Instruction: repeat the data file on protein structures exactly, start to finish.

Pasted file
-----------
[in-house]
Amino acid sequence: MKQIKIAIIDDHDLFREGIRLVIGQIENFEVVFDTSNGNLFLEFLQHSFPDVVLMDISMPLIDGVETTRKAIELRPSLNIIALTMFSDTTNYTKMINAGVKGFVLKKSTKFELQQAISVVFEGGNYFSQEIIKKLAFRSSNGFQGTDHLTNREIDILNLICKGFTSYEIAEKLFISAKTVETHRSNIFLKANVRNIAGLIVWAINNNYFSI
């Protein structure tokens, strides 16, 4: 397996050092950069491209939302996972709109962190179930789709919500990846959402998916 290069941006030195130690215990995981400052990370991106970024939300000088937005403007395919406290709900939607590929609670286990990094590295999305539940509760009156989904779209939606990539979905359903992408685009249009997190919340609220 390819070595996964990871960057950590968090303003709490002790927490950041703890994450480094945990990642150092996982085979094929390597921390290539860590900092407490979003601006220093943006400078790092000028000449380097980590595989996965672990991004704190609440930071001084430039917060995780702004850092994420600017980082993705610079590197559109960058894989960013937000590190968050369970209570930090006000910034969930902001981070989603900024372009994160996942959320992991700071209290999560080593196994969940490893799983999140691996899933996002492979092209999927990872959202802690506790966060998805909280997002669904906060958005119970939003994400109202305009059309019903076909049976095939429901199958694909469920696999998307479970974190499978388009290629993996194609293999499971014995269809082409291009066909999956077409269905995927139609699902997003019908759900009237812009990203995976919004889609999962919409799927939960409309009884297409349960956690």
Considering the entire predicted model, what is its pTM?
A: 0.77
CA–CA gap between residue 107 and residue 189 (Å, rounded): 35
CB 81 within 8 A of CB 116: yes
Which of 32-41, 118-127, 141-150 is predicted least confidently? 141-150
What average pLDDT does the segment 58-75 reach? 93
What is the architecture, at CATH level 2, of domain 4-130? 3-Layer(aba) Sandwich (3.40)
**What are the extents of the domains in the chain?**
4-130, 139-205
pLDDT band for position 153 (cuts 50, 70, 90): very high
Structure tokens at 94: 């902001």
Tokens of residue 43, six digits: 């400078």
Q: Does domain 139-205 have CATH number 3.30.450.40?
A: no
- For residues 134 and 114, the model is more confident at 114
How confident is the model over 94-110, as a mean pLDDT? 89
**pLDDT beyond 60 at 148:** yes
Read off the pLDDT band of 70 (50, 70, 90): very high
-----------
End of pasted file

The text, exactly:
[in-house]
Amino acid sequence: MKQIKIAIIDDHDLFREGIRLVIGQIENFEVVFDTSNGNLFLEFLQHSFPDVVLMDISMPLIDGVETTRKAIELRPSLNIIALTMFSDTTNYTKMINAGVKGFVLKKSTKFELQQAISVVFEGGNYFSQEIIKKLAFRSSNGFQGTDHLTNREIDILNLICKGFTSYEIAEKLFISAKTVETHRSNIFLKANVRNIAGLIVWAINNNYFSI
């Protein structure tokens, strides 16, 4: 397996050092950069491209939302996972709109962190179930789709919500990846959402998916 290069941006030195130690215990995981400052990370991106970024939300000088937005403007395919406290709900939607590929609670286990990094590295999305539940509760009156989904779209939606990539979905359903992408685009249009997190919340609220 390819070595996964990871960057950590968090303003709490002790927490950041703890994450480094945990990642150092996982085979094929390597921390290539860590900092407490979003601006220093943006400078790092000028000449380097980590595989996965672990991004704190609440930071001084430039917060995780702004850092994420600017980082993705610079590197559109960058894989960013937000590190968050369970209570930090006000910034969930902001981070989603900024372009994160996942959320992991700071209290999560080593196994969940490893799983999140691996899933996002492979092209999927990872959202802690506790966060998805909280997002669904906060958005119970939003994400109202305009059309019903076909049976095939429901199958694909469920696999998307479970974190499978388009290629993996194609293999499971014995269809082409291009066909999956077409269905995927139609699902997003019908759900009237812009990203995976919004889609999962919409799927939960409309009884297409349960956690």
Considering the entire predicted model, what is its pTM?
A: 0.77
CA–CA gap between residue 107 and residue 189 (Å, rounded): 35
CB 81 within 8 A of CB 116: yes
Which of 32-41, 118-127, 141-150 is predicted least confidently? 141-150
What average pLDDT does the segment 58-75 reach? 93
What is the architecture, at CATH level 2, of domain 4-130? 3-Layer(aba) Sandwich (3.40)
**What are the extents of the domains in the chain?**
4-130, 139-205
pLDDT band for position 153 (cuts 50, 70, 90): very high
Structure tokens at 94: 């902001």
Tokens of residue 43, six digits: 């400078």
Q: Does domain 139-205 have CATH number 3.30.450.40?
A: no
- For residues 134 and 114, the model is more confident at 114
How confident is the model over 94-110, as a mean pLDDT? 89
**pLDDT beyond 60 at 148:** yes
Read off the pLDDT band of 70 (50, 70, 90): very high